Luria (1973) indicated that lesions to the left mid-temporal zone interfere with verbal memory making. Damage to this zone prevents the storage of longer passages of information, although short phrases may be retained. Consequently, it becomes difficult to keep up with a conversation because information is being lost. Lesions to the right temporal lobe often result in the inability to recognize intricate rhythmic melodies. Music appreciation may be lost (1973, pp 135-143).

The temporal lobe houses the auditory cortex in close proximity to the hippocampus. Consequently, it is critical to the memory-making process, especially verbal memories.

Occipital Lobes

Sites: OZ O1 O2

Key functions: visual field: helps to locate objects in the environment, see colors and recognize drawings and correctly identify objects, reading, writing and spelling depend upon an accurate visual field, some connections extend to the amygdala. Oz also controls incontinence.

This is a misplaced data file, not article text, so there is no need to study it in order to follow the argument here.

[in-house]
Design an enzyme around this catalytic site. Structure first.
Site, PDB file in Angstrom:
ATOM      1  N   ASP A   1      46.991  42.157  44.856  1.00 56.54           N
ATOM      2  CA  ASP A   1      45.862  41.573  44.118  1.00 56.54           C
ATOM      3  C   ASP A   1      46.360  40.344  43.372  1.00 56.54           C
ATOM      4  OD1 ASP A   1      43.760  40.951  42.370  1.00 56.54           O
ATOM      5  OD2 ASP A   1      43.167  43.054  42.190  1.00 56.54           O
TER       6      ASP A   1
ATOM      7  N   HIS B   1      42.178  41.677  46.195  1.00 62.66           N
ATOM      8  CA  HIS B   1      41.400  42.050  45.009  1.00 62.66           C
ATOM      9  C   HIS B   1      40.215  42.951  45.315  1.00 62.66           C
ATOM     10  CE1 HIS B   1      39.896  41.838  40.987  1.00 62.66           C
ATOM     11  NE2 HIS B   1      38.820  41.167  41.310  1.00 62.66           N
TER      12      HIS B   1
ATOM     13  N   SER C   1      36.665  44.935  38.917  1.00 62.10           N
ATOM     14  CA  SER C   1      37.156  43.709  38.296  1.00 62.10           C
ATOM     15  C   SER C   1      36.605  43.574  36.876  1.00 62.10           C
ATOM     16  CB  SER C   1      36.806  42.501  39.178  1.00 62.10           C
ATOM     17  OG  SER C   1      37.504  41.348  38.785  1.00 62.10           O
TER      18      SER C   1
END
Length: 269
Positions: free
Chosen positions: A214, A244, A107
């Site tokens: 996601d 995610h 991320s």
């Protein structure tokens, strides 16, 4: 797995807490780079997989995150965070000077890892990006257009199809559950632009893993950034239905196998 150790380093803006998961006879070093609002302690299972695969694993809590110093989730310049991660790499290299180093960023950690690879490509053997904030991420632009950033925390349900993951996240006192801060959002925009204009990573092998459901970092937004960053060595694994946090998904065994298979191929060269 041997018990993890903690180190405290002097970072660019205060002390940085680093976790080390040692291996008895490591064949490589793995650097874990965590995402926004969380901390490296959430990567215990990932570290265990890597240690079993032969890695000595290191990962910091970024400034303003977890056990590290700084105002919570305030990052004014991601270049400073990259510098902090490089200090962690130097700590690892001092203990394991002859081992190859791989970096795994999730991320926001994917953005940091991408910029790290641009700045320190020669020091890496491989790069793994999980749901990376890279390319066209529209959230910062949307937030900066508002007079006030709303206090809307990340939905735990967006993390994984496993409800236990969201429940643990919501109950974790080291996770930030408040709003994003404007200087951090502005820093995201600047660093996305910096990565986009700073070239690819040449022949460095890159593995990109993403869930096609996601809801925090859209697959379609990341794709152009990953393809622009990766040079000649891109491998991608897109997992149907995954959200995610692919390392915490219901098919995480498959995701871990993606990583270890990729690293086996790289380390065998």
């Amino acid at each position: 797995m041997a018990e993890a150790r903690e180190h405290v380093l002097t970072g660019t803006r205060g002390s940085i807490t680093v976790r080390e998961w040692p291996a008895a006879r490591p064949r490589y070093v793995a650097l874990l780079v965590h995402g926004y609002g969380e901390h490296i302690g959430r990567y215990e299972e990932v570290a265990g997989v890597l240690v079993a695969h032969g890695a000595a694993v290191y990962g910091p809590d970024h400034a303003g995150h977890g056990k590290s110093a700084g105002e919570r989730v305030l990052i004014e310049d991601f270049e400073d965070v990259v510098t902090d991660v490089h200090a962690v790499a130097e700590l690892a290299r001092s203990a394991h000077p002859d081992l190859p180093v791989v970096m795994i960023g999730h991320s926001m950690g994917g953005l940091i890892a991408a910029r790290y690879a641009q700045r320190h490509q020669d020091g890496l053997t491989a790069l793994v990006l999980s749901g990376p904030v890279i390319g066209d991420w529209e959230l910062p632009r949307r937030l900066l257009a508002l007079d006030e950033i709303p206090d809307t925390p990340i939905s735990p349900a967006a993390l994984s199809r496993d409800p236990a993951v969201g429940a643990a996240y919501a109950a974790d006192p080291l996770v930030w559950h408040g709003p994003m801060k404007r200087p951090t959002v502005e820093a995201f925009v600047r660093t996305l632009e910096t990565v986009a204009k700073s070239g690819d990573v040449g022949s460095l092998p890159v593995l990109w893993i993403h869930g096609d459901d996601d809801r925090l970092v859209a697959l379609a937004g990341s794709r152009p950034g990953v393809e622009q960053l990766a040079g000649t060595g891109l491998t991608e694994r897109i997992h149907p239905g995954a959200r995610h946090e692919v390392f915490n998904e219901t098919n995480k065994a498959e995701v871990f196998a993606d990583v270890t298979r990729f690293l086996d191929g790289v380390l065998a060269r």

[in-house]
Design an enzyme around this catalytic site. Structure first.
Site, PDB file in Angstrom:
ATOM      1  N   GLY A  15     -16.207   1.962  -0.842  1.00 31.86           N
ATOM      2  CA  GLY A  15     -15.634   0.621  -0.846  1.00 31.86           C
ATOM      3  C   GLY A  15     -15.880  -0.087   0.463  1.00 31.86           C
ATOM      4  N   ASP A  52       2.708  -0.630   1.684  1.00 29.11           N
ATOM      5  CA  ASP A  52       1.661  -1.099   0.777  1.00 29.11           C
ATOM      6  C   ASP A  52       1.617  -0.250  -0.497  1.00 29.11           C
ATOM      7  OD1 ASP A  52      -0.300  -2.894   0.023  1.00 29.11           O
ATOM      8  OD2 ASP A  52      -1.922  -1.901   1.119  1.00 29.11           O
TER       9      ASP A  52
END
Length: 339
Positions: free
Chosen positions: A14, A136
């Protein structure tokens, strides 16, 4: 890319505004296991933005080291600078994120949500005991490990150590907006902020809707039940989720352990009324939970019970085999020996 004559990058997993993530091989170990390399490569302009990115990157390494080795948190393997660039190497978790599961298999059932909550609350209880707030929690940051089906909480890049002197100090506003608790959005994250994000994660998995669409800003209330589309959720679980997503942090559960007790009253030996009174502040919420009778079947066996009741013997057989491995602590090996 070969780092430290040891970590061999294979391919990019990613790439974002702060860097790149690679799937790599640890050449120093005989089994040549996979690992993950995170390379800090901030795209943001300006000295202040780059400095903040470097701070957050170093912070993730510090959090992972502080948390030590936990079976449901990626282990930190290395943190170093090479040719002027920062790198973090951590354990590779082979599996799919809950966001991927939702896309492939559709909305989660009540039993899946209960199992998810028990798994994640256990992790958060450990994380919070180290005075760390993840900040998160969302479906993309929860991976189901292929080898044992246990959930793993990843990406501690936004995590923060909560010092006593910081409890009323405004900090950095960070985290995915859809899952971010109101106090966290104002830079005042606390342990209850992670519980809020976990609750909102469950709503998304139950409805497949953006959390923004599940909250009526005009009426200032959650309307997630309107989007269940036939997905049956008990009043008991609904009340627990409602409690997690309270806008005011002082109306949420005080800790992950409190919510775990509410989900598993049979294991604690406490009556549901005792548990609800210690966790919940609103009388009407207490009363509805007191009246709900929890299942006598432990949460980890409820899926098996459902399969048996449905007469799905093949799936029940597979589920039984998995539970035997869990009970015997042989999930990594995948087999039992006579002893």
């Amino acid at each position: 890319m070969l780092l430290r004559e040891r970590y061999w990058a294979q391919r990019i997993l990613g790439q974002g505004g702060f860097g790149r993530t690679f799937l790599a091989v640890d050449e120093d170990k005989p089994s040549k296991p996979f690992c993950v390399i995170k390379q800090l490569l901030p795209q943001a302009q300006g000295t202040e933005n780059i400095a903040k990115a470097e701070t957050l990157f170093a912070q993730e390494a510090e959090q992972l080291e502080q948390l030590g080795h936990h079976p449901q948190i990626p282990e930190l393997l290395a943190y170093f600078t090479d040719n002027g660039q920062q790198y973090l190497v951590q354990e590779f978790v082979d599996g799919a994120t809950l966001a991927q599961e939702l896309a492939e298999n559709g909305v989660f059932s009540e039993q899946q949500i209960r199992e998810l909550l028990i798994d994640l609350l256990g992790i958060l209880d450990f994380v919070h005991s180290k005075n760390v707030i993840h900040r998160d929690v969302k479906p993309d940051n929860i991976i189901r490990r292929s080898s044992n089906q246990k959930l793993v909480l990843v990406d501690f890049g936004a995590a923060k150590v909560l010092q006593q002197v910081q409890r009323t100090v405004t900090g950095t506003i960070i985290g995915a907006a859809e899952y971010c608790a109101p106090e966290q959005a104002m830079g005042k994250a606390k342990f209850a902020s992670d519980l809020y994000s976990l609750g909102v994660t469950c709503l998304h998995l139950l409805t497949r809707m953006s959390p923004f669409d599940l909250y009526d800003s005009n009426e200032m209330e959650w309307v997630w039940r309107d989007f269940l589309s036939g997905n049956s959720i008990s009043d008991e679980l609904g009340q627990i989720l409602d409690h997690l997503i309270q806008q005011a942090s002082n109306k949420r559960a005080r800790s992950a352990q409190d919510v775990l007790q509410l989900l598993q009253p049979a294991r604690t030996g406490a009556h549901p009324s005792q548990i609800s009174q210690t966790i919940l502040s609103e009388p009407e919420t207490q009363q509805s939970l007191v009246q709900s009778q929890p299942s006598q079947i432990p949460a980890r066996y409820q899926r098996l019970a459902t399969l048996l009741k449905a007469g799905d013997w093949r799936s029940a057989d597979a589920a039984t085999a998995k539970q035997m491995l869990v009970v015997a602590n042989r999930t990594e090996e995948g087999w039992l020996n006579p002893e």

Sensory and Motor (sensorimotor) Cortex

Sites: C3 C4 Cz

Note: The sensory and motor cortices run parallel to each other and are divided by the central sulcus. The two cortices combined are sometimes called the sensorimotor cortex. However, the sensory cortex alone may also be called the primary somatosensory cortex or just the somatosensory cortex. The primary cortex may be called just the motor cortex.

Key functions of the primary motor cortex: conscious control of all skeletal muscle movements.

Key functions of the primary somatosensory cortex: spatial discrimination and the ability to identify where bodily sensations originate.